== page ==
Have you ever canned posole (or pozole)? I like it, especially when its cold outside, but you just can’t make a small amount. My recipe includes pork loin, red chili, oregano, bay, soaked dry hominy, onions and garlic. I can’t find instructions so I’m hoping you know. What I’ve figured out so far is to make it as usual, chill to remove excess fat, bring it to a boil and fill jars to within 1 inch of the top with plenty of broth so its not too thick and processing it 90 min for quarts at 14lbs pressure. (I’m at 7000′ so need the extra pressure) Any advice will be appreciated.
Yes, I have canned posole. And you’re right, it’s really good! Just make up a big batch, but don’t cook it as long as you would if you were making it for dinner. Chill and remove excess fat, then reheat to boiling and fill your jars, leaving 1 inch of headspace. Process pints for 75 minutes and quarts for 90 minutes at 14 pounds pressure, as you would any meat recipe, because of your altitude. You can even use previously canned hominy as it doesn’t get mushy when re-canned by itself or in other recipes. — Jackie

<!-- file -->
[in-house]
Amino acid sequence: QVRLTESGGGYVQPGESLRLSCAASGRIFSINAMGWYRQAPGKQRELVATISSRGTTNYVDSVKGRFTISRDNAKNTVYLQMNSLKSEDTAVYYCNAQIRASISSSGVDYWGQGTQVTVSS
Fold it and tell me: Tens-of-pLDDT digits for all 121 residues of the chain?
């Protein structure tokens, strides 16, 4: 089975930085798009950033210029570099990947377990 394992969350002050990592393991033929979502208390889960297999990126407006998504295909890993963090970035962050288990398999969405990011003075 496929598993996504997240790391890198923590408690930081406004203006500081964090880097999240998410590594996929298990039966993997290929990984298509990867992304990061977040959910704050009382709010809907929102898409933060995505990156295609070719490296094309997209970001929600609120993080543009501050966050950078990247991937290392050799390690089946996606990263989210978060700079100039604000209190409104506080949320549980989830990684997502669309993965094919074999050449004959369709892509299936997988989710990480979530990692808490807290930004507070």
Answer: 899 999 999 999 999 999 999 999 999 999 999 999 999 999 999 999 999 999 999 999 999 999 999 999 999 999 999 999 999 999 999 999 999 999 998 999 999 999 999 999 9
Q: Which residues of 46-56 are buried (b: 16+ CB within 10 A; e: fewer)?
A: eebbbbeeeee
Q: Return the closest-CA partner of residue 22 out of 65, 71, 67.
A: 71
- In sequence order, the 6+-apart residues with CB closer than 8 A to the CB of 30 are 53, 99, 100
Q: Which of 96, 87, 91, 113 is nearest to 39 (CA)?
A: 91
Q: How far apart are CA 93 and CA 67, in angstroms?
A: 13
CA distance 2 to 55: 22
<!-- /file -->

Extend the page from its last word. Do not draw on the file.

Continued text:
Reading over the years about your petunias, I am encouraged to try growing my own from seed. I have the same little greenhouse you do, although it sits by an East window and doesn’t get as much sun. Can you suggest best places to purchase petunia seeds (preferably pelleted)?
I’ve gotten nice pelleted petunia seeds from Veseys Seeds, 800-363-7333. Jung Seed (800-297-3123) also has a wide variety of petunia seeds. Petunia seeds are like dust so you’re wise to get pelleted seed if you want to grow the more expensive Wave Series petunias. As you can imagine, the baby petunia plants are tiny, too and they do require plenty of light so they don’t get leggy. You may get by with the east window greenhouse or you may end up having to put some light directly over them. Good luck. They are quite easily home-raised but you’ll want to get them started pretty soon as they take longer than you’d think to bloom. — Jackie